Arctic Methane: the View from Space

Thursday, 18 December 2014
Leonid Yurganov, JCET, Baltimore, MD, United States, Ira Leifer, University of California Santa Barbara, Santa Barbara, CA, United States; Bubbleology Research International LLC, Santa Barbara, CA, United States and Xiaozhen Xiong, NOAA Science Center, National Environmental Satellite, Data, and Information Service, NOAA, USA, clarksville, MD, United States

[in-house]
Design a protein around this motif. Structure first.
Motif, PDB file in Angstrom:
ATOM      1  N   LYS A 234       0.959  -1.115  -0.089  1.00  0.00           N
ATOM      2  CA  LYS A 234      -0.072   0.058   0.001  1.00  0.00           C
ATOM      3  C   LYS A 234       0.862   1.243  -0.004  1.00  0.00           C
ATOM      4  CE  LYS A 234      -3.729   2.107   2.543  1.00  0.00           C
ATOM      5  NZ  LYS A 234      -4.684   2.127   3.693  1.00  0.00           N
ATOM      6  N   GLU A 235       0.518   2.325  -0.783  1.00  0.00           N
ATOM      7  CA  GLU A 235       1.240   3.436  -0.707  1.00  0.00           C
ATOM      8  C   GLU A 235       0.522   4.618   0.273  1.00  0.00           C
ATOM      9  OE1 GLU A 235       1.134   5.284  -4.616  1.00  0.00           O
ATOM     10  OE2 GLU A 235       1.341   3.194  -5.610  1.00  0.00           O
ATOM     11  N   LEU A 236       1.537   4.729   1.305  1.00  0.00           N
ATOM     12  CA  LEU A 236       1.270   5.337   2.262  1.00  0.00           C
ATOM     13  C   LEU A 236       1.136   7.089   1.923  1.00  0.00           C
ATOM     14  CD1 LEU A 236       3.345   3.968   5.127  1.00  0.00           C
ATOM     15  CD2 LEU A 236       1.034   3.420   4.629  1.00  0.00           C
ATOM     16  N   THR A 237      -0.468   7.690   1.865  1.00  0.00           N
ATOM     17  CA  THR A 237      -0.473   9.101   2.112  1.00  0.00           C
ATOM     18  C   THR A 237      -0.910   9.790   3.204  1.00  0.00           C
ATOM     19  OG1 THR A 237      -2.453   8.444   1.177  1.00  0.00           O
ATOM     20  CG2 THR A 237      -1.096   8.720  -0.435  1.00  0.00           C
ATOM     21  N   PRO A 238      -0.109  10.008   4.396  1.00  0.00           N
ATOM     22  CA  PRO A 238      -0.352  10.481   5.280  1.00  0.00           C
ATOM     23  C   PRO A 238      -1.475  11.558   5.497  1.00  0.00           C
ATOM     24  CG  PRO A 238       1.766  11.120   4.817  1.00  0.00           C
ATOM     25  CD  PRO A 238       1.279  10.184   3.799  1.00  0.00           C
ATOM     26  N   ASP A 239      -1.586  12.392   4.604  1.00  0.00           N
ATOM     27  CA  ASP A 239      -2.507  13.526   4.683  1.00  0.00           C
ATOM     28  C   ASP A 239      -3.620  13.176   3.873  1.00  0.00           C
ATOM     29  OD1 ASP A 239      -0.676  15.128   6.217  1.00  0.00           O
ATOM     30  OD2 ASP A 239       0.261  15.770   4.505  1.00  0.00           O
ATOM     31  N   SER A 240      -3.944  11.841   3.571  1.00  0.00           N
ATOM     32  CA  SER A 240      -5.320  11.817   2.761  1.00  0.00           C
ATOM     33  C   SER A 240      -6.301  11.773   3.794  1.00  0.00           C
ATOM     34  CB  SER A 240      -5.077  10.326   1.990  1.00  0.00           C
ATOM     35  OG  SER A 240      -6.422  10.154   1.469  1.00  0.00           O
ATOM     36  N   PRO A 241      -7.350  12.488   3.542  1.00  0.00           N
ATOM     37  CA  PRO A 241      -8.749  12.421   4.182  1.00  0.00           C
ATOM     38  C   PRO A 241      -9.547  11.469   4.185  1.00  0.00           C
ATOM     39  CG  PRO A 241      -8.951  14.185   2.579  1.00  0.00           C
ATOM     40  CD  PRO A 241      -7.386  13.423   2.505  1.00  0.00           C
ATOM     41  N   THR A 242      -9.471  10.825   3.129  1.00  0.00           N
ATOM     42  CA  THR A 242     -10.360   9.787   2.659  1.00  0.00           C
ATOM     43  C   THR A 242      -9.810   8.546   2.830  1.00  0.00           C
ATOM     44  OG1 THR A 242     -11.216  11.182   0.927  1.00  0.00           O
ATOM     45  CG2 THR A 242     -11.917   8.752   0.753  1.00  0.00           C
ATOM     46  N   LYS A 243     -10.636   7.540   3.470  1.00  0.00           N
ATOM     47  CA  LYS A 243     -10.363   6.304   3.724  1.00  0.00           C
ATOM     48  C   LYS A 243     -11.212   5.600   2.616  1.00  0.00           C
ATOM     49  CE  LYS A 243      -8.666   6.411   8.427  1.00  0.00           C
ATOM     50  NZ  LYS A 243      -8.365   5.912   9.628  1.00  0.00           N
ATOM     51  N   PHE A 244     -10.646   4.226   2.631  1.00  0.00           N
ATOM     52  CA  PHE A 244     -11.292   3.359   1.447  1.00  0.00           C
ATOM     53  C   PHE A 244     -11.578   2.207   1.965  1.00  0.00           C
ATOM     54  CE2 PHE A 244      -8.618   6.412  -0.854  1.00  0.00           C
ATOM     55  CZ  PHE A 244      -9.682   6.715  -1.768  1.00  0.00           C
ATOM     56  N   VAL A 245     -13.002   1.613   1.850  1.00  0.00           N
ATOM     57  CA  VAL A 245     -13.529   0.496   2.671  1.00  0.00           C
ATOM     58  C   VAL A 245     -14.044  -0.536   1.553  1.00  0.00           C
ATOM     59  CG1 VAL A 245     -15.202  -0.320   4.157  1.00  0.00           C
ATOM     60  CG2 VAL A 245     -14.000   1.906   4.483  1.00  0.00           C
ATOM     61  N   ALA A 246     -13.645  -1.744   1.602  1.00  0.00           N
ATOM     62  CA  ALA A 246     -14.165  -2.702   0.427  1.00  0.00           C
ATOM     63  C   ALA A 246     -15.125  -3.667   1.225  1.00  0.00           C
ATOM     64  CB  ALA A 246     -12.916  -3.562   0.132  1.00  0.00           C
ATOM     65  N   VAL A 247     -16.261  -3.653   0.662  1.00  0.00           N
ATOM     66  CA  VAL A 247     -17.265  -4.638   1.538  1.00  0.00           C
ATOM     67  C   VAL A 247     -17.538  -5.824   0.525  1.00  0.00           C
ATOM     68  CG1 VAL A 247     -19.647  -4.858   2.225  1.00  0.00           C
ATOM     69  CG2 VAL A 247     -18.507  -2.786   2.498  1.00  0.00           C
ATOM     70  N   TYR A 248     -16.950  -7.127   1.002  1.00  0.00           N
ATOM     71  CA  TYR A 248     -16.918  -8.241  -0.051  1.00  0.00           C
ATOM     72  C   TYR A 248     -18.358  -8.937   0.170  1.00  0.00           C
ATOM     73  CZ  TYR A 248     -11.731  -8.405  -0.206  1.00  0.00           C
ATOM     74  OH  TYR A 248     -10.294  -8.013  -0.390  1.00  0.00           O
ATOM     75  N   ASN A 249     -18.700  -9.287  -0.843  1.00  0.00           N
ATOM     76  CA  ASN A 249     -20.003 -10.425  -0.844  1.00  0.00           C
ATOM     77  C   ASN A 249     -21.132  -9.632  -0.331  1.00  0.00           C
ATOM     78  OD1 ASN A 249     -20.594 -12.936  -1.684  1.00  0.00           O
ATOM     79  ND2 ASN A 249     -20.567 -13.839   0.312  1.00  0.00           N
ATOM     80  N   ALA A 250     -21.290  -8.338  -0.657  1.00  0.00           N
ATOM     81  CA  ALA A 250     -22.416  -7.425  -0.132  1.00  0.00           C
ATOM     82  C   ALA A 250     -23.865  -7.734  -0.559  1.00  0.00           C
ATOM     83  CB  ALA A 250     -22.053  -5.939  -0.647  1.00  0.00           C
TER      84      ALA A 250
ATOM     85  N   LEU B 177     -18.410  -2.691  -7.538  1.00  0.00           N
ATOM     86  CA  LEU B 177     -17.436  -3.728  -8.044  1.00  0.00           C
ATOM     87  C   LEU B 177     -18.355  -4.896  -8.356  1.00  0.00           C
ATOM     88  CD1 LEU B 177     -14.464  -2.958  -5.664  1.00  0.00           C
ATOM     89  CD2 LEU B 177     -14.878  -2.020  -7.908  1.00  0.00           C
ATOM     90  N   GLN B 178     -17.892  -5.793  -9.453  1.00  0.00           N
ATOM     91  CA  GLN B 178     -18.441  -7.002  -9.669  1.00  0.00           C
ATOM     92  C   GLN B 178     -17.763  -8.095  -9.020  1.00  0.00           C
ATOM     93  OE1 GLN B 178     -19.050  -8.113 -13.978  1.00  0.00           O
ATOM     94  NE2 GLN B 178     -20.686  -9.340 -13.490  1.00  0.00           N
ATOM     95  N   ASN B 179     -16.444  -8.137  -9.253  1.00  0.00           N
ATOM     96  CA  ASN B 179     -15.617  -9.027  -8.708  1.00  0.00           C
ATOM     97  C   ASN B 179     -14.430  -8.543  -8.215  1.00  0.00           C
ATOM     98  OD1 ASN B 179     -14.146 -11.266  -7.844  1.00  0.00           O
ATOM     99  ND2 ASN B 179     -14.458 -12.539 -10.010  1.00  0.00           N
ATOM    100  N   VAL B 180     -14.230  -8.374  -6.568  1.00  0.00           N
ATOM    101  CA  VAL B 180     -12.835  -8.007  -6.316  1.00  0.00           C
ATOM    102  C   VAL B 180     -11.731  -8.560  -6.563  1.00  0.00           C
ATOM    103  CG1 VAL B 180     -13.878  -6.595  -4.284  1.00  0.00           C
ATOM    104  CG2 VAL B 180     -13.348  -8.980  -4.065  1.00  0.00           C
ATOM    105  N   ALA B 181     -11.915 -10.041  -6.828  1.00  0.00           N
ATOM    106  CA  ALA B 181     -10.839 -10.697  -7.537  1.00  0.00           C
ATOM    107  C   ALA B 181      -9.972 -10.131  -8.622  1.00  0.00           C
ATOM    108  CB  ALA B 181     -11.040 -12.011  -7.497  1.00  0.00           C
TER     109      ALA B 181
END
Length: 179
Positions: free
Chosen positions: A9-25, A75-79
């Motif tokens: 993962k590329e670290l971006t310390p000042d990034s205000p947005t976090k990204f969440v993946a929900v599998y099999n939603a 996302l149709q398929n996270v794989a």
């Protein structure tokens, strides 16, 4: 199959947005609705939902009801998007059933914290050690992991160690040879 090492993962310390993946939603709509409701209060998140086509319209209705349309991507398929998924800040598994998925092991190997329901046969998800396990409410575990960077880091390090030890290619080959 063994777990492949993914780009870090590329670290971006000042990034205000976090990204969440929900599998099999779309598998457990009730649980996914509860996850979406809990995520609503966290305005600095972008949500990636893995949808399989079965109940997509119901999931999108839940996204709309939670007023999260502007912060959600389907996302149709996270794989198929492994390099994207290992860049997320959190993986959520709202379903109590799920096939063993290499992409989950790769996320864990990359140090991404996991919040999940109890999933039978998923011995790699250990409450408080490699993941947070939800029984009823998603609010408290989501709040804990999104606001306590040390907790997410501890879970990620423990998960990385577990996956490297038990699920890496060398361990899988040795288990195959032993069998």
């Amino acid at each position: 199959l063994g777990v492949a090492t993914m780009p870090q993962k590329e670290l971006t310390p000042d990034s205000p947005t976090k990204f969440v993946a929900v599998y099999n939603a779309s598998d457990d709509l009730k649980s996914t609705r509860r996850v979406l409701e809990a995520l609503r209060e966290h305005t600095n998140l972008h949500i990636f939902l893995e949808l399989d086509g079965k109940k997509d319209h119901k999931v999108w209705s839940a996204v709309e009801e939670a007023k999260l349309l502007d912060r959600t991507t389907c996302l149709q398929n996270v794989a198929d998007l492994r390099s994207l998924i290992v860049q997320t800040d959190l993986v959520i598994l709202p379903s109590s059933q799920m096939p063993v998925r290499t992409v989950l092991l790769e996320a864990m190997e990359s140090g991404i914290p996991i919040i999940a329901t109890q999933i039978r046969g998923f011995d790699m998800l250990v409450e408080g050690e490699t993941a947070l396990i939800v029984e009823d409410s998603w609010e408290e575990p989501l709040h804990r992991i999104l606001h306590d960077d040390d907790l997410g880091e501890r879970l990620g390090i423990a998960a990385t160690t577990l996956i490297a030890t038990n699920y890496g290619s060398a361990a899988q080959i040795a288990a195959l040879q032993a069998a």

Global increase of methane that started in 2007-2008 after a decade of stability requires investigation and explanation. Recent Arctic warming has stimulated speculation about dissociation of Arctic Ocean methane hydrates providing a potentially important new climatic positive feedback. Satellite thermal infrared (TIR) data do not require sunlight, providing key advantages for Arctic data collection compared to shortwave infrared spectroscopy. The US Atmospheric IR Sounder (AIRS) has been delivering CH4 tropospheric data since 2002; NOAA CH4 retrievals from the European Infrared Atmospheric Sounding Interferometer (IASI) radiation data are available since 2008 and analyzed here since 2009. Accuracy of TIR satellite retrievals, especially for the lower troposphere, diminishes for a cold, underlying surface. In this analysis the dependence is parameterized using the Thermal Contrast (a difference between surface temperature and air temperature at the altitude of 4 km, defined THC). A correction function was applied to CH4 data based on a data-derived relationship between THC and retrieved CH4 for areas with positive THC (in other words, without temperature inversions). The seasonal cycles of the adjusted low tropospheric data are in agreement with the surface in situ measurements. Instantaneous IASI retrievals exhibit less variability than AIRS v6 data. Maximum positive deviation of methane concentration measured by IASI for the study period was found for Baffin Bay in November-December, 2013 (Figure). It was concluded that the methane anomaly could indicate both coastal and off-shore emissions. Off-shore data were spatially consistent with a hydrate dissociation mechanisms, active for water depths below the hydrate stability zone top at ~300 m. These are hypothesized to dissociate during seasonal temperature maximum in the bottom layer of the ocean, which occurs in fall. IASI data may be considered as a reliable source of information about Arctic CH4 for conditions of sufficiently high atmospheric vertical thermal contrast. Figure caption. Standard adjusted NOAA/IASI retrievals of 0-4 km mean methane concentration over areas with positive THC. Black points are for the entire Baffin Bay, red points are for locations with seawater depth below 300 m. Blue line is the all-Arctic mean.